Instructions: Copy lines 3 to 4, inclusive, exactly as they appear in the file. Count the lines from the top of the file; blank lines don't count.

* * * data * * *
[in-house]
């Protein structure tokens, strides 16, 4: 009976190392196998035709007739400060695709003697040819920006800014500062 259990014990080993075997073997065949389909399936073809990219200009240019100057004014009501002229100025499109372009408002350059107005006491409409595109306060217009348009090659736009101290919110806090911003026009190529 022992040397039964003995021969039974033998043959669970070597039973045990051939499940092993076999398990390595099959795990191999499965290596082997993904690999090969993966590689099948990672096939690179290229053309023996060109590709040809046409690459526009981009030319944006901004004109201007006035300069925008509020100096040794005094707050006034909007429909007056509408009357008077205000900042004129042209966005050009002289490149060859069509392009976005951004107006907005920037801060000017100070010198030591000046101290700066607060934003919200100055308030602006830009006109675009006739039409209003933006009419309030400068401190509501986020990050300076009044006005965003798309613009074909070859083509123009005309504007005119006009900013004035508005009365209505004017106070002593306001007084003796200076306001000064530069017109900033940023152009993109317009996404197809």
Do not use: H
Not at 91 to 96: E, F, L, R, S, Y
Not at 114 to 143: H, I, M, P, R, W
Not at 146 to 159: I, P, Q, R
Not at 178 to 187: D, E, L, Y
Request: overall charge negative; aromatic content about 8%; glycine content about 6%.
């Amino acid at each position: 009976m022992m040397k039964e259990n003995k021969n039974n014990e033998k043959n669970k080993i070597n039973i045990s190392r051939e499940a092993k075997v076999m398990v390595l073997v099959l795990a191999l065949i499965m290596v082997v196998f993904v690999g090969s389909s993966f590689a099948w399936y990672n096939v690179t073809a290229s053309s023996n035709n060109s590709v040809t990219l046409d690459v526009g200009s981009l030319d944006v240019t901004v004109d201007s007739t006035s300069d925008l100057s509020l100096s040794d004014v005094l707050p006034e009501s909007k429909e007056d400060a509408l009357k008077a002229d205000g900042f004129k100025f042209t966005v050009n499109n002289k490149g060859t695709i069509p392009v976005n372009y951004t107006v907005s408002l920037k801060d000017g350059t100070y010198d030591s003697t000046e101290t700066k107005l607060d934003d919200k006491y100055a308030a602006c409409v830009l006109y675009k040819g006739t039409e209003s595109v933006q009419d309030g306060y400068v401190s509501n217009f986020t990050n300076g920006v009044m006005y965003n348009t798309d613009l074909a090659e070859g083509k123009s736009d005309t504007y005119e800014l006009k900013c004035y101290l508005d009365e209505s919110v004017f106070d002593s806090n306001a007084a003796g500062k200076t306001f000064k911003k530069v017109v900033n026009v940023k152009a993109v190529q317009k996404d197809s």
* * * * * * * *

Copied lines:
Do not use: H
Not at 91 to 96: E, F, L, R, S, Y